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Fargo airport creating its own fire force with loss of Air Guard flying mission

Members of the 148th Fighter wing based out of Duluth, Minn., train under the supervision of David Belcher, left, Tuesday, June 3, 2014, at the N.D. Air National Guard facility in north Fargo. David Samson / The Forum 2 / 2

FARGO – For years, Hector International Airport has been protected by firefighting crews from the North Dakota Air National Guard base.

That arrangement ends on Oct. 1.

The end of the flying mission for the 119th Wing spelled the end of the full-time mission for the 119th Civil Engineer Squadron’s fire department.

That unit will now focus on training other Guard firefighters, while the Fargo Airport Authority runs its own firefighting force.

Ten firefighters have been hired from among the state and Guard employees who make up the 119th’s fire department. Plus, two new “crash” trucks – vehicles customized for fighting airplane fires – have been ordered, said Airport Authority Executive Director Shawn Dobberstein.

“We don’t anticipate any problems. We have a really good crew,” Dobberstein said.

Still, the Airport Authority fire crew will be a much smaller unit.

The 119th now has 25 members; it is authorized 28. That gives the five people on a shift the flexibility to have a man leave a truck to help people get away from a crashed airplane, or to hook up a hose separate from the main water, foam and dry chemicals nozzle on the trucks.

The new Airport Authority fire department will have three people on a shift.

Federal Aviation Administration rules for an airport the size of Hector require at least two firefighters per shift, said Steve Bertsch, the current assistant fire chief. He stays in the post in the new department.

“It’ll be tough. …. It’s going to be a change of mindset,” Bertsch said.

The new reality will require rewriting operating procedures and working closely with the Fargo Fire Department, Bertsch said.

A plus is that the Airport Authority was “really good” about buying modern trucks and firefighting equipment, he said.

The new fire department will have Oshkosh Striker crash trucks, one with a 1,500-gallon capacity and the other for 3,000 gallons.

The smaller truck will cost $805,913, while the larger truck will cost $1,054,271, Dobberstein said. Those costs, plus the bill for firefighting gear, will be paid for out of authority reserve funds.

About half of the cost is expected to be recouped by seeking a state grant, with the remaining balance reimbursed from the $4.50 passenger facility charge on each ticket. The airlines get 11 cents, while the rest goes to the authority for repairs and improvements at the airport, Dobberstein said.

An agreement is being hammered out to have the trucks and firefighters stationed at the Guard fire department building, Dobberstein said.

Fargo Fire Chief Steve Dirksen said his department remains the first-response agency for fires and other emergencies at all buildings, civilian and military, at Hector.

“Their staffing is not enough to safely enter a structure,” Dirksen said. “We typically don’t go in with three guys, at least not without a backup team.”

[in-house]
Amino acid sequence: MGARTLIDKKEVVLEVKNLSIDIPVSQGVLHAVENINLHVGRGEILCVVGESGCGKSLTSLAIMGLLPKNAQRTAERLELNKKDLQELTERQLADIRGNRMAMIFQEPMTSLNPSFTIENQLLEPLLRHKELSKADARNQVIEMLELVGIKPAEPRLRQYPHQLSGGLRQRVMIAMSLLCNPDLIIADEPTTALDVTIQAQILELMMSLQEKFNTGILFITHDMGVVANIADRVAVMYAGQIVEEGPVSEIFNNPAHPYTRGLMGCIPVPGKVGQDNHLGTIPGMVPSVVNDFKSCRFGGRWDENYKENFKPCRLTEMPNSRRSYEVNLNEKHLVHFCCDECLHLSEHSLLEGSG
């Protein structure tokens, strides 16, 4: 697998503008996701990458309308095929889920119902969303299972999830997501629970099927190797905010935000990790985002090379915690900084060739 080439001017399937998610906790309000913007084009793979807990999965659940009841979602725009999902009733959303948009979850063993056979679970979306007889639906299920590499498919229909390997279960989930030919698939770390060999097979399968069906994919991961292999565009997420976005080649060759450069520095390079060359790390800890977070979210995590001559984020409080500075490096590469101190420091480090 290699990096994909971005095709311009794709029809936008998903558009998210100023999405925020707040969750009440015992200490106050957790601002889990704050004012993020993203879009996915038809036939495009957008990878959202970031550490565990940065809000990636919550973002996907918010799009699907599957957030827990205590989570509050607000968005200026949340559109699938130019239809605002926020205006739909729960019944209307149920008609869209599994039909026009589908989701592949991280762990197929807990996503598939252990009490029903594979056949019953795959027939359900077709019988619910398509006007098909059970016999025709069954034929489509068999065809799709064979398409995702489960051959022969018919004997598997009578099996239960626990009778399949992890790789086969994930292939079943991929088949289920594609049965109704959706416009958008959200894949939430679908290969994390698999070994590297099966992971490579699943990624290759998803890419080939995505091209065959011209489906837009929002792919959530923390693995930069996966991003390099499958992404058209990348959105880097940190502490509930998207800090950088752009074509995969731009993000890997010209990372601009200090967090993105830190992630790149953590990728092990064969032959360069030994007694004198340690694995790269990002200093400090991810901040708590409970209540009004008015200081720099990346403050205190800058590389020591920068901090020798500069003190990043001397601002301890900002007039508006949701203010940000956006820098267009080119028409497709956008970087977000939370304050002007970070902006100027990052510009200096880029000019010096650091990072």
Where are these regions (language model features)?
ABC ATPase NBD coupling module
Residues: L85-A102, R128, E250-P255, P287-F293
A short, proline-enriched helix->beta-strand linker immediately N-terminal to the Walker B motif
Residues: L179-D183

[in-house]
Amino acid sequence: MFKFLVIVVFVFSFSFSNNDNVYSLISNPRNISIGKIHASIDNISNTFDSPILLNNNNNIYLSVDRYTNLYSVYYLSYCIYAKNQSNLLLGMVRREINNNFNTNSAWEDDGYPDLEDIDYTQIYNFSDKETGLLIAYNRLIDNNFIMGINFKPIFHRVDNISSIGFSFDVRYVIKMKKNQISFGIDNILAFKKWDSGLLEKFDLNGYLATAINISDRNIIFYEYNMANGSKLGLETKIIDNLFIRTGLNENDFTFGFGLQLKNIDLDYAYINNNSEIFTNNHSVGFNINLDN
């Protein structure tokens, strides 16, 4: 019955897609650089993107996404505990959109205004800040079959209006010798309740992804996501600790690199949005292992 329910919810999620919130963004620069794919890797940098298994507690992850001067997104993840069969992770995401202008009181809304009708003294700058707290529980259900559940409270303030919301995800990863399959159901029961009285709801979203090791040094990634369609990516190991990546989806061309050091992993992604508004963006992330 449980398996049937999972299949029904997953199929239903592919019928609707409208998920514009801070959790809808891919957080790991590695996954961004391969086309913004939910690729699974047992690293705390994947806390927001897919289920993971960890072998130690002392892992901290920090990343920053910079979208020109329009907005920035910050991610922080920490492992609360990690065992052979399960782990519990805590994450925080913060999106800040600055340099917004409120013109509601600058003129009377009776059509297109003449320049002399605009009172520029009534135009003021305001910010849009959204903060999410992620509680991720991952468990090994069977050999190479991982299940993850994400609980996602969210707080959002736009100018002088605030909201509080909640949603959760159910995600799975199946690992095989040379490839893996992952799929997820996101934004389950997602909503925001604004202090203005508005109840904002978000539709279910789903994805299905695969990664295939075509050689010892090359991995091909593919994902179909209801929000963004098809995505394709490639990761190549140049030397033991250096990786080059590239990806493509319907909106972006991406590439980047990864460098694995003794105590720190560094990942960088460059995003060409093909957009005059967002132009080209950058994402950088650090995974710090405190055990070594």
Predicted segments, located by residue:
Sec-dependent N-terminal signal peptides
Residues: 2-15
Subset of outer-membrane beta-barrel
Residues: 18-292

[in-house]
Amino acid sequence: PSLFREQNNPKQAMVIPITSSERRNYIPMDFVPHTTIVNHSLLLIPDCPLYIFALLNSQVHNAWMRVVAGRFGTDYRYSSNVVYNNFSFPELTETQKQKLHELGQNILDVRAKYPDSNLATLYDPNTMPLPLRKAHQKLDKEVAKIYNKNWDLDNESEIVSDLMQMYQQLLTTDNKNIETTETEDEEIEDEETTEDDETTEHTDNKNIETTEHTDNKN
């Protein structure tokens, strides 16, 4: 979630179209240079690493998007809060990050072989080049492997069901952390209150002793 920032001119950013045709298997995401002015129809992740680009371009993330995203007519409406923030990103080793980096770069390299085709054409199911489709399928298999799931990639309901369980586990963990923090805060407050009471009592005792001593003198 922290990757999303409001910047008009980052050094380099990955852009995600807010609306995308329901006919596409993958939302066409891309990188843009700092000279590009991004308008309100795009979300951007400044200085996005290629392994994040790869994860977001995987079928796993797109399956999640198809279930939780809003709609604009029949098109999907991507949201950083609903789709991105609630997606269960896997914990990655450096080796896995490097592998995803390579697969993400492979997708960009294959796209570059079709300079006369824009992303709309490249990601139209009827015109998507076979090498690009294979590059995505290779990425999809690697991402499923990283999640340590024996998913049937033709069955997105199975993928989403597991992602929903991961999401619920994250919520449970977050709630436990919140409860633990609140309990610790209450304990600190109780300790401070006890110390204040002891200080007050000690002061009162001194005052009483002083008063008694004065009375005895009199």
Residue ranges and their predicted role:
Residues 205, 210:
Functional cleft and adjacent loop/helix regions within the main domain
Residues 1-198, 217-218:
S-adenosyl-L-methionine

City of Fargo crews also will be the backup for the airport’s fire department for airfield incidents, he said.

The Airport Authority has paid salaries and benefits for eight of the firefighters on duty at the Guard base since 1972, Dobberstein said.

In 2013, that was about $576,000, he said. Hiring two more firefighters will add $80,000 to $90,000 a year to that total.

Those personnel costs are divvied up among the airlines at Hector – United, Delta, American, Allegiant and Frontier – based on the weight of passengers and cargo each lands at the airport monthly, Dobberstein said.

Other airports that have relied on National Guard units for fire and rescue services are going through similar transitions after the Guard units lost their flying missions or were disbanded.

Des Moines, Iowa, airport officials opted to hire a private firm to provide fire protection.

In Fort Smith, Ark., officials have an agreement that allows them to use some Guard firefighting vehicles, but are debating manpower options for fire and rescue services.

Cities in the region that still rely on National Guard units for fire and rescue services at their airports are Duluth, Minn., Great Falls, Mont, Sioux Falls, S.D., and Sioux City, Iowa.

Chief Master Sgt. Mark Solem, fire chief for the 119th Wing, will be the only full-time firefighter with the Guard after the transition.

Those firefighters who did not get hired by the Airport Authority are now looking for jobs, Solem said.

Of the three Air Guard crash trucks now at Hector, one will be sent to another base. The remaining two crash trucks, plus a pumper, a rescue truck, a tanker and a command pickup, will be used for training, Solem said.

Helmut Schmidt

Helmut Schmidt was born in Germany, but grew up in the Twin Cities area, graduating from Park High School of Cottage Grove. After serving a tour in the U.S. Army, he attended the University of St. Thomas in St Paul, Minn., graduating in 1984 with a degree in journalism. He then worked at the Albert Lea (Minn.) Tribune and served as managing editor there for three years. He joined The Forum in October 1989, working as a copy editor until 2000. Since then, he has worked as a reporter on several beats, including education, Fargo city government, business and military affairs. He is currently The Forum's K-12 education reporter.

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